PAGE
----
Drumright, Creek Co. Oklahoma

Creek County Oklahoma Genealogy ~ OKGenWeb
 
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Drumright
Post office established December 28, 1912. 
First known locally as Fulkerson. 

"Drumright began its career as Fulkerson, but was renamed for the owner of the land on which the townsite was laid out in 1913. For nearly three years its tents, lean-tos, and ramshackle wooden buildings, set amid 300 or more oil derricks over richly producing wells, sheltered bootleggers, highjackers, gamblers, and nearly every other variety of boom town outlaw along with the decent population. Then, in 1916, the town made "Fighting Jack" Ary chief of police. He quickly moved against the leader of the criminal element, a half-blood Creek Indian named Creekmore; and after he was in prison the other bad boys either left town or followed him to jail.

Drumright's principle street runs over steep Tiger Hill, on which in the early period of the neighboring oil field's development, many spectacular wrecks of mule-drawn trucks loaded with heavy equipment furnished thrills for the people of the town."

Named for Aaron Drumright, townsite owner.[2] 

More history below.

Drumright Cemeteries

Drumright Court Records

Drumright Funeral Homes

Drumright Newspapers

Drumright Schools

 

History of Drumright

"Aaran Hatcher Drumright. He is the son of Richard Franklin and Eliza Hatcher Drumright. He is the grandson of Robert James Drumright who migrated from Virginia to Tennessee in 1835. He was born in West Plains, Missouri January 22, 1882. He married Mary Gertrude Ryan of Iowa in 1905 who died in 1921. He married Lydia Rachel Parker February 22, 1922, who died in 1925.

Mr. Drumright left West Plains, Missouri in 1900 and went to Oklahoma where he bought land and farmed. He also owned land in Kansas and South Dakota. When the oil fields opened up in Oklahoma in 1912 and oil was discovered on his land, he subdivided 120 acres into town lots and sold them for business property at the price of $12.50 per lot, which made it possible for the town to grow and they called it 'Drumright' for the founder. By 1915 there were eight oil wells operating.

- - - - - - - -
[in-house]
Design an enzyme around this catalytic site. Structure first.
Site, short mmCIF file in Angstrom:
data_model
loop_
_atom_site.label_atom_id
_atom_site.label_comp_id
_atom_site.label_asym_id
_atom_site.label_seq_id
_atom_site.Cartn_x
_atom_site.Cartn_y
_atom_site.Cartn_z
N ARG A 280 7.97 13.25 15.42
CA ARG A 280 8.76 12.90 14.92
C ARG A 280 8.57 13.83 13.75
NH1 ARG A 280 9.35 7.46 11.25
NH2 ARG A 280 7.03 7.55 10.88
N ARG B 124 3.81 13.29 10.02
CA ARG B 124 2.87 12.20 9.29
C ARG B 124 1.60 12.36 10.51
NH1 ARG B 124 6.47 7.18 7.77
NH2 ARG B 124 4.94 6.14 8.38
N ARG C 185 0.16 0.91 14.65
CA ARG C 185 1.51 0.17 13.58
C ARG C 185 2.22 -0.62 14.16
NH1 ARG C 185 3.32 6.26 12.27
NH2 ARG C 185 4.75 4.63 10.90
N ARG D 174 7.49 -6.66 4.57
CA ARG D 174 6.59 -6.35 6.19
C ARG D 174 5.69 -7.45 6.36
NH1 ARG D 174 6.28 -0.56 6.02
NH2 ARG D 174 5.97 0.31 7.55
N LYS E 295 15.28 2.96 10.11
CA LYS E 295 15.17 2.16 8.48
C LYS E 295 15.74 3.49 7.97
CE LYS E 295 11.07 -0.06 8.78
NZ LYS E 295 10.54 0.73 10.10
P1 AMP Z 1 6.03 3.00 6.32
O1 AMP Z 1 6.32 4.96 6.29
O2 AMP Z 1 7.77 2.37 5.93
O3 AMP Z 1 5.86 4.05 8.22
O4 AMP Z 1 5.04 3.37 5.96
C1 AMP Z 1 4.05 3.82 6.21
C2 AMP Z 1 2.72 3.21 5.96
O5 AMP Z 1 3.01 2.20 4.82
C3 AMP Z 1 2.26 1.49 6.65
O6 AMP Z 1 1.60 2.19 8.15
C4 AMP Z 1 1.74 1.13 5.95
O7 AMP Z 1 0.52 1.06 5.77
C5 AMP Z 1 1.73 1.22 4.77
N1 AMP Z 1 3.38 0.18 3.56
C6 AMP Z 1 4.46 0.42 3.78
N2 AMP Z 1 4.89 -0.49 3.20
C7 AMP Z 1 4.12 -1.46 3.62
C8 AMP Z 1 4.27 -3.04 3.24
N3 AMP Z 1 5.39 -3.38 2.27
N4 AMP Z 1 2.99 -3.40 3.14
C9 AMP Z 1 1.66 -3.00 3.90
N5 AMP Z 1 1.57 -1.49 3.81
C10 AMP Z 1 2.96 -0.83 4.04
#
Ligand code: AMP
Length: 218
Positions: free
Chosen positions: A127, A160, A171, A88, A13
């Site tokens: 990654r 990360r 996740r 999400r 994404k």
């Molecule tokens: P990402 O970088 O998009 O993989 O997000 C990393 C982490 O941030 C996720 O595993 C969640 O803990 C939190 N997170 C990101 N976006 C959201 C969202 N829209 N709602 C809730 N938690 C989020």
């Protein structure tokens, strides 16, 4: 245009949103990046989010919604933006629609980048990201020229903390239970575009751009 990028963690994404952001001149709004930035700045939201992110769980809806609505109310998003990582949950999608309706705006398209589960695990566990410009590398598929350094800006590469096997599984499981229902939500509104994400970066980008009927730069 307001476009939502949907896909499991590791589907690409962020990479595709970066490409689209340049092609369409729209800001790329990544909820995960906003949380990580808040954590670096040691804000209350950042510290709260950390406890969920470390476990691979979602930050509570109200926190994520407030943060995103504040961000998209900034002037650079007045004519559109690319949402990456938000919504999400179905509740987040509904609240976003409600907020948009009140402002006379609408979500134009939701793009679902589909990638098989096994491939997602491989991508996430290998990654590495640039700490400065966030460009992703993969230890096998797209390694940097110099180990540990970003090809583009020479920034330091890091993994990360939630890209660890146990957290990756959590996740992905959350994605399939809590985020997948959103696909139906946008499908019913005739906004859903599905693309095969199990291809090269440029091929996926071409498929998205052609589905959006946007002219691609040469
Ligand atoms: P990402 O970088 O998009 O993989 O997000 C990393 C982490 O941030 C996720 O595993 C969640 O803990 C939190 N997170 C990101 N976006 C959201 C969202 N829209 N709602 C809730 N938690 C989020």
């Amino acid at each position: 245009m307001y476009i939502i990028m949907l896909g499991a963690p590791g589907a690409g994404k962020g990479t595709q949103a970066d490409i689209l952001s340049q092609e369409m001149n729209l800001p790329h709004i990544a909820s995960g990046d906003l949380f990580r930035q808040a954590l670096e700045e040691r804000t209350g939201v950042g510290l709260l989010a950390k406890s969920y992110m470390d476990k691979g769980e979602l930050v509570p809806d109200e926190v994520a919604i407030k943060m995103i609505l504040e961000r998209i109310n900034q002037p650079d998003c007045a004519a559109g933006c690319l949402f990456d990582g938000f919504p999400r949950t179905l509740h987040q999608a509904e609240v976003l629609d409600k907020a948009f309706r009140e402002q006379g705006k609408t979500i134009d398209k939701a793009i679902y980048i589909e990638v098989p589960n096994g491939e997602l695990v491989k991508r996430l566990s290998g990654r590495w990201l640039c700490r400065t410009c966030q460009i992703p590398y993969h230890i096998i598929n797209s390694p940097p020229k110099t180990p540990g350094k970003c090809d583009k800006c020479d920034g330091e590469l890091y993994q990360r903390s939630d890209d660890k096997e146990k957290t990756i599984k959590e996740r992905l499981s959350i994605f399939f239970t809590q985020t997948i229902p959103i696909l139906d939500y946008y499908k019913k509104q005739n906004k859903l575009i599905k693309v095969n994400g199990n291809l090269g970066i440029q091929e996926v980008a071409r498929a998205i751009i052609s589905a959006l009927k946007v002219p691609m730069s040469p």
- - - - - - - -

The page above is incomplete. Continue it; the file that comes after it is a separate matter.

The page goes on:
Mr. Drumright was very active in the affairs of 'Drumright'. In addition to his real estate business, he built the first modern service station in that area. For some time he was county commissioner. He was a promoter, director, and president of Drumright Bank. He was appointed Postmaster by President Herbert Hoover. He was a 32 degree Mason and an active member and supportive pillar of the Drumright Methodist Church.

After his retirement from the post office, he moved on his large estate near Parsons, Kansas in 1937. February 1968 he sold his property to the city of Parsons for construction of Lake Parsons.

Mr. Drumright died February 21, 1969. His funeral was preached in the Methodist Church in Drumright, Oklahoma by his pastor Rev. David Severe. He was laid to rest in the Drumright Cemetery. Survivors included two sons, Everette F. Drumright of Poway, California and Aaron H. Drumright, Jr. of Ottawa, Kansas, a daughter Mrs. Bess Drumright Johnson of Rockford, Illinois, and a sister Mrs. Lina Ellen Drumright Bridges of Pomona, Missouri." [1]

Sources: 
1. Contributed by James H. Carroll from noted sources. Oklahoma, A Guide to the Sooner State, The American Guide Series, sponsored by the University of Oklahoma (Norman, OK: University of Oklahoma Press) MCMXLVII. p. 390. and Gracie Drumright Dowland, The Drumright Family Tree (Nashville, TN: Eveready Press, 1974) p. 124.
2
. George H. Shirk, Oklahoma Place Names (Norman, OK: University of Oklahoma Press, 1965)


 

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